Making movies is so much more than coming up with shots. You are running an army and the only way to understand how to best run that army is by working your way up through the ranks. And yes, even Quentin Tarantino worked as a production assistant and shot an unfinished feature before he made Reservoir Dogs. You won’t spend the rest of your life getting coffee if you’re good, and you never know how those experiences will pay off on your own films years later.

When Joey Kern got glass blown in his eye on the set of Cabin Fever, we had an ambulance on standby, an on-set medic, a photo double ready and a whole other list of shots to get that didn’t include him so that we could film while I figured out how to rewrite the story around his injury. That kind of preparation for worst-case scenarios can only come from on-set experience.

2. Keep your eye on the donut, not the hole. This is a golden rule David Lynch taught me; it was his one piece of advice for me before I made Cabin Fever. I tell it to all my actors and crew members and we use it as a mantra during the shoot.

David told me, “Eli, man, the only thing that matters to the audience is the information recorded in front of those 24 little frames per second. That’s the donut. All the other bullshit—the drama, the backstabbing—that’s the hole. And if you’re not careful, you can get sucked in. Your job is to keep your eye on what matters.”

When the union came to North Carolina and illegally threatened our Cabin Fever crew members until they signed union cards, which then sapped all our money halfway into our shoot, we raised more money and kept going. Actors will fight, they’ll sleep with each other, their agents will drive you crazy, and, if you’re not strong, you can easily get sucked into all of that stuff that never winds up on the screen. Your job as director is to not just stay focused on the end product, but to continually motivate everyone to do their best by keeping them focused on the end product, too. And it works. All my cast members still repeat it to me in David Lynch’s Midwestern twang: “Eye on the donut, not the hole.”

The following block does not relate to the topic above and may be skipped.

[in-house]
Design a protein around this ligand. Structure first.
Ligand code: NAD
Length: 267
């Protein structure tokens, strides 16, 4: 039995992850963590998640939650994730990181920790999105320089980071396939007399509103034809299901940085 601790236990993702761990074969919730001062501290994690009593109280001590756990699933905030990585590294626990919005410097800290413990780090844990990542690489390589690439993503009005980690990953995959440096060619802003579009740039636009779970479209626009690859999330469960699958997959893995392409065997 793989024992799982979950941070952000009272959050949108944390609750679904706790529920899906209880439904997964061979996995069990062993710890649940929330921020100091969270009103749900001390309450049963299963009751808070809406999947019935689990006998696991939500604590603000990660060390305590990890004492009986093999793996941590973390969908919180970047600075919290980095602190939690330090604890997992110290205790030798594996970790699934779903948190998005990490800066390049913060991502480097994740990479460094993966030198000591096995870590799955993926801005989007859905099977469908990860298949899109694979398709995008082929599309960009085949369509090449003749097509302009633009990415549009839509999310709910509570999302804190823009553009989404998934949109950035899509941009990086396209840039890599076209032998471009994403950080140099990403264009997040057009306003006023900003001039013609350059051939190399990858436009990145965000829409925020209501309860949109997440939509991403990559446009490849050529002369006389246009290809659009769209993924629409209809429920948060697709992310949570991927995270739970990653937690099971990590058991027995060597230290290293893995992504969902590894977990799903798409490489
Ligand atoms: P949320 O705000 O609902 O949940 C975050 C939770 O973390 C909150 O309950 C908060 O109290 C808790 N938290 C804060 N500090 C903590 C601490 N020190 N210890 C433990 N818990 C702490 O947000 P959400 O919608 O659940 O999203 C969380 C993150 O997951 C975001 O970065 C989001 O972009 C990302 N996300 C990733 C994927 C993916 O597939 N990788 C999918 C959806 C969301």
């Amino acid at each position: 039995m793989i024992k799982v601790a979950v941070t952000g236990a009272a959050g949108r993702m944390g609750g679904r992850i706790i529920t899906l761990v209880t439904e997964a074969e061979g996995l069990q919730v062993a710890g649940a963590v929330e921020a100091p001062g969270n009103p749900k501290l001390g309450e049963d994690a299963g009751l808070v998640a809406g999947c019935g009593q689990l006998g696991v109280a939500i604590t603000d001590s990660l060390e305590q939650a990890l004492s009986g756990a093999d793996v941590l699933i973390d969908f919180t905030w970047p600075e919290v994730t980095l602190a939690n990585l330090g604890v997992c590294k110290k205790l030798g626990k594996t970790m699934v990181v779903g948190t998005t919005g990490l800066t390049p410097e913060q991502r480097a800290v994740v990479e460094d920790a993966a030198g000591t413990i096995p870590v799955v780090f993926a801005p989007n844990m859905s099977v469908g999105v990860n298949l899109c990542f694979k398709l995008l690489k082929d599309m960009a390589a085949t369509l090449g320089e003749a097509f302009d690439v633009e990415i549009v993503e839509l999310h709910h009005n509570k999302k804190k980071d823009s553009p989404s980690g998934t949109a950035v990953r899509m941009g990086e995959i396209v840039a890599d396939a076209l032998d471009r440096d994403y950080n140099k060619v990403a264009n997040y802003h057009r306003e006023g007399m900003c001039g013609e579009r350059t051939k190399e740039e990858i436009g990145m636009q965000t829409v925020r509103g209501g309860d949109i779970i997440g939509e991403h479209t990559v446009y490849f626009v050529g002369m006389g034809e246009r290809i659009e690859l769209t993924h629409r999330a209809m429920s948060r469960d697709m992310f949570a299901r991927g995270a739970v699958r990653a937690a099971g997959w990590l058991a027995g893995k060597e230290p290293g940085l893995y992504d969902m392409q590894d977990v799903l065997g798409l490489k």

3. Hire really attractive stand-ins. Crew members are horny. They get frustrated that it’s not the 1980s anymore and that there are sexual harassment laws that prevent them from hitting on every girl at work. But movie sets are still kind of fair game, a place where people can openly flirt. But crew members often won’t hook up or have a “locationship” because they work with each other again and again. That’s where the stand-ins come in.

The stands-ins are crew, but they’re not necessarily there every day. And if they’re the ones standing there for 45 minutes while the crew sets up the shot, everyone wants to look cool. People may say this is sexist, but it’s very basic human psychology: When you have pretty girls on set, the boys behave. Period. You’d think it would whip them into a frenzy, but it’s the opposite. When there are no girls on set, that’s when they’re at their worst.

On Cabin Fever we had two attractive actresses and it became a real problem. (We were in the woods with 30 guys and two girls.) After the first week, we hired a bunch of female production assistants and the boys calmed down (we didn’t have money for stand-ins).

On Hostel and Hostel: Part II, I made sure that I had beautiful stand-ins and the crew loved it. They were always so happy; they just wanted to take a moment to look cool and feel like girls were still interested in them. They’ve learned not to go after cast members because they’ll get in trouble with the producers or a jealous director (ahem), so the stand-ins keep them happy. A smile from a pretty girl goes a long, long, long way.